US Treasury raises alarm over money laundering in art

A visitor takes a photo in front of a video installation "Glows in the Night" by Chinese contemporary artist Yang Yongliang, which will be converted into NFTs and auctioned online at Sotheby's, at the Digital Art Fair, in Hong Kong.

A visitor takes a photo in front of a video installation "Glows in the Night" by Chinese contemporary artist Yang Yongliang, which will be converted into NFTs and auctioned online at Sotheby's, at the Digital Art Fair, in Hong Kong. (Tyrone Siu, Reuters)



Estimated read time: 2-3 minutes

WASHINGTON — The U.S. Treasury Department on Friday issued a set of recommendations to combat illicit finance in the high-value art market and warned that the emerging digital art market, such as non-fungible tokens, may present new risks.

In a study published on Friday, the Treasury found that there is some evidence of money laundering risk in the high-value art market, but limited evidence of terrorist financing risk, the Treasury said in a statement.

It said that those most vulnerable in the market are businesses offering financial services that are not subject to anti-money laundering or countering terrorism financing obligations, warning that asset-based lending "can be used to disguise the original source of funds and provide liquidity to criminals."

A senior Treasury official told reporters next steps include engaging stakeholders such as those in Congress or in the industry to get their feedback, adding that the Treasury hopes the study will encourage industries to take additional steps to make it harder to launder illicit proceeds through the art market. The Treasury will give further thought as to whether additional regulatory steps are needed in this market, the official said.

The study also said that depending on the structure and market incentives, the digital art market, such as NFTs, may present new risks, as the characteristics of digital art make it vulnerable to money laundering.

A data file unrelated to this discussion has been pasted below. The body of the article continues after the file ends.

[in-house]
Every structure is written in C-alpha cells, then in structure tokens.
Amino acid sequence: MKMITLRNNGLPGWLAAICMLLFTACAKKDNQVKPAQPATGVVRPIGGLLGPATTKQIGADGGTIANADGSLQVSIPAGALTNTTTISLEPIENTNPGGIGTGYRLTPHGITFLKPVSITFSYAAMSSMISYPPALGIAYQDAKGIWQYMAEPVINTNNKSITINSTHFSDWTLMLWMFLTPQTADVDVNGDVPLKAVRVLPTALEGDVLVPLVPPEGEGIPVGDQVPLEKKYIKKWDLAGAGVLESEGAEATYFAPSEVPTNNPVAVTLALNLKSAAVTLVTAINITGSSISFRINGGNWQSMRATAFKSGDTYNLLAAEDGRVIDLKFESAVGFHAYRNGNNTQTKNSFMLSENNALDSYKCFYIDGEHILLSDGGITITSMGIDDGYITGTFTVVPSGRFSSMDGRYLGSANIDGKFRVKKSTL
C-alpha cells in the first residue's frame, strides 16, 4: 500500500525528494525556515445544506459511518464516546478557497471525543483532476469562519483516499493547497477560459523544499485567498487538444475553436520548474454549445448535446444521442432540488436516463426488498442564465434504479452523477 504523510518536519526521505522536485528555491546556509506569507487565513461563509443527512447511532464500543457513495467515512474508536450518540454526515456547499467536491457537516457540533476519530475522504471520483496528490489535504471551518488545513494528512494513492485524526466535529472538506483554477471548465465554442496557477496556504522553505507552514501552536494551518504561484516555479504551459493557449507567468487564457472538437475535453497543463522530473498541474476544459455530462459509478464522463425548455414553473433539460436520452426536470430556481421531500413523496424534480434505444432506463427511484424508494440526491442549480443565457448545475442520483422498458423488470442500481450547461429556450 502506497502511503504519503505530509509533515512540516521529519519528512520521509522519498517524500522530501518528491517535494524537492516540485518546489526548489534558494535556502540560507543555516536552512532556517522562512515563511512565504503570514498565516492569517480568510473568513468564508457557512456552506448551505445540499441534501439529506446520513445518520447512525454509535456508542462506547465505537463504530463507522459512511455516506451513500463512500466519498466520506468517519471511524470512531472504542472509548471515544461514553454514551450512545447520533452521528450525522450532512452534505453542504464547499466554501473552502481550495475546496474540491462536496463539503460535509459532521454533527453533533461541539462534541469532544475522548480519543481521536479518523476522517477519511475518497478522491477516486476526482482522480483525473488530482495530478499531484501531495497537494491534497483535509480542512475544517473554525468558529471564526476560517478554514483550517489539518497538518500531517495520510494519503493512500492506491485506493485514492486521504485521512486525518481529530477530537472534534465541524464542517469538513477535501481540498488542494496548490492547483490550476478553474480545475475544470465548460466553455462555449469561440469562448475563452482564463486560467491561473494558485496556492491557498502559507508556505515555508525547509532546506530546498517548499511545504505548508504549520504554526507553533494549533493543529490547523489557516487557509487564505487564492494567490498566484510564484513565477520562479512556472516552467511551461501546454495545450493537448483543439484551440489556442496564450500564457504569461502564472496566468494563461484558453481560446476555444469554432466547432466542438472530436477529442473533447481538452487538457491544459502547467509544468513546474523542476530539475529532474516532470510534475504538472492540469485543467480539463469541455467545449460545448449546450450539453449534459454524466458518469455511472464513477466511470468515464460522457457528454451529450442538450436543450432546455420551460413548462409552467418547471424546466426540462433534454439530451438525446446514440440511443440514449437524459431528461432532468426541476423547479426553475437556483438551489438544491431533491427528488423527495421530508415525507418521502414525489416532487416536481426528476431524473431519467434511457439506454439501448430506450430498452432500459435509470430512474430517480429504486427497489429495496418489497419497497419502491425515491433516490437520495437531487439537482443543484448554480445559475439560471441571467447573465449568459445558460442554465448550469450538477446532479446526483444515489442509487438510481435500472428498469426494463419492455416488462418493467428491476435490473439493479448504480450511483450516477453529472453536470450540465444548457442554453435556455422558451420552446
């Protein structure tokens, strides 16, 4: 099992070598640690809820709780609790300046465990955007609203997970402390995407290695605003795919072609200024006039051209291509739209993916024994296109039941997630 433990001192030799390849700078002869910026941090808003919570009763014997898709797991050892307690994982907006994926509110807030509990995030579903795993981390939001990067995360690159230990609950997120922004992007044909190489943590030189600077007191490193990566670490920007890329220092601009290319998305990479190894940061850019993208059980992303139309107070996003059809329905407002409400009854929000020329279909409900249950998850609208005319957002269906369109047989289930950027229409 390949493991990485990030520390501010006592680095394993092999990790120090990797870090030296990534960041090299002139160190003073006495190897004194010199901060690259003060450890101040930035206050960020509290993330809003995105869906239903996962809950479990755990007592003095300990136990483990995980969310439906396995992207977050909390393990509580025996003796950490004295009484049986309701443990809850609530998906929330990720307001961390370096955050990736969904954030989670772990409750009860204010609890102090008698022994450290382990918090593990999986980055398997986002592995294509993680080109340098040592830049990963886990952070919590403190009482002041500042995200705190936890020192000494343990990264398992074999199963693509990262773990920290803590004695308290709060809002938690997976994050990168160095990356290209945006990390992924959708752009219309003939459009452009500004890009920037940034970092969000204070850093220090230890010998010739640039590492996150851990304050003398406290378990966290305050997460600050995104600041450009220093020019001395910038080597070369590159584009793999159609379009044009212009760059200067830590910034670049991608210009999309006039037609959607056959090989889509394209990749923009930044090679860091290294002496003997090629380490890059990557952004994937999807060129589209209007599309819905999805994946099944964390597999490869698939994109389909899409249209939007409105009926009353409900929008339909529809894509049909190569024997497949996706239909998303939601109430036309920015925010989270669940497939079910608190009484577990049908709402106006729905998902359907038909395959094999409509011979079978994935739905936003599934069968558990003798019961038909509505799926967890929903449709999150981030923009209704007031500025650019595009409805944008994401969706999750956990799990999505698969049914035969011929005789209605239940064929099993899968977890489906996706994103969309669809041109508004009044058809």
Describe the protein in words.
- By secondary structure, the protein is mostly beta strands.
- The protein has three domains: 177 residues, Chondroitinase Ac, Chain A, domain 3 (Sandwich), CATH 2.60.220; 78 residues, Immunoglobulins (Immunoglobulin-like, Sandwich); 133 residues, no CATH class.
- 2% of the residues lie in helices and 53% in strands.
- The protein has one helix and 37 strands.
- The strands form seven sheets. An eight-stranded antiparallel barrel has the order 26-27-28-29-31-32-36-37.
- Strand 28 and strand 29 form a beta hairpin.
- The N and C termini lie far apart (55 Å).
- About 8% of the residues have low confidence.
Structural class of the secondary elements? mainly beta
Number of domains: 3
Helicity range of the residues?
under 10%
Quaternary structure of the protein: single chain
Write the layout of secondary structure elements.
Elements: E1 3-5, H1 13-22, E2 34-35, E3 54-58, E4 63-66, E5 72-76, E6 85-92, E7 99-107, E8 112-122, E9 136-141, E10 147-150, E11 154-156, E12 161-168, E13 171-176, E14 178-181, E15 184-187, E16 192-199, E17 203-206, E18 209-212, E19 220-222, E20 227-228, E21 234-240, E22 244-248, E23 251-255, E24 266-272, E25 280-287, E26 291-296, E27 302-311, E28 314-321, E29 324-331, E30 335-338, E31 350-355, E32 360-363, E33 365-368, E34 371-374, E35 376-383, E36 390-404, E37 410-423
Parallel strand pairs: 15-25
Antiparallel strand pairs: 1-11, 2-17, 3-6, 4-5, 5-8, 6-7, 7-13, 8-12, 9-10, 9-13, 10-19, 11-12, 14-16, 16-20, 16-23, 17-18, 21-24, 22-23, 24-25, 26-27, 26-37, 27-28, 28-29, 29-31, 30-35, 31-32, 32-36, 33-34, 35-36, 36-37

NFTs are a form of crypto asset which exploded in popularity last year. All kinds of digital objects — from art to videos and even tweets — can be bought and sold as NFTs, which use unique digital signatures to ensure they are one-of-a-kind.

The study recommended the consideration of several options to address the risks, including updating training for law and customs enforcement, enhancing private sector information-sharing and applying anti-money laundering and countering terrorism financing requirements to certain participants in the art market.

But it said that the multi-billion-dollar industry, compared to other sectors that pose terrorist financing and money laundering risk, should not be an immediate focus for the imposition of requirements to combat the illicit financing.

Most art market participants are currently not subject to anti-money laundering or counter terrorism financing requirements, though the study said that several qualities inherent to art and the high-value market make it attractive for money laundering.

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Business & TechU.S.
Daphne Psaledakis

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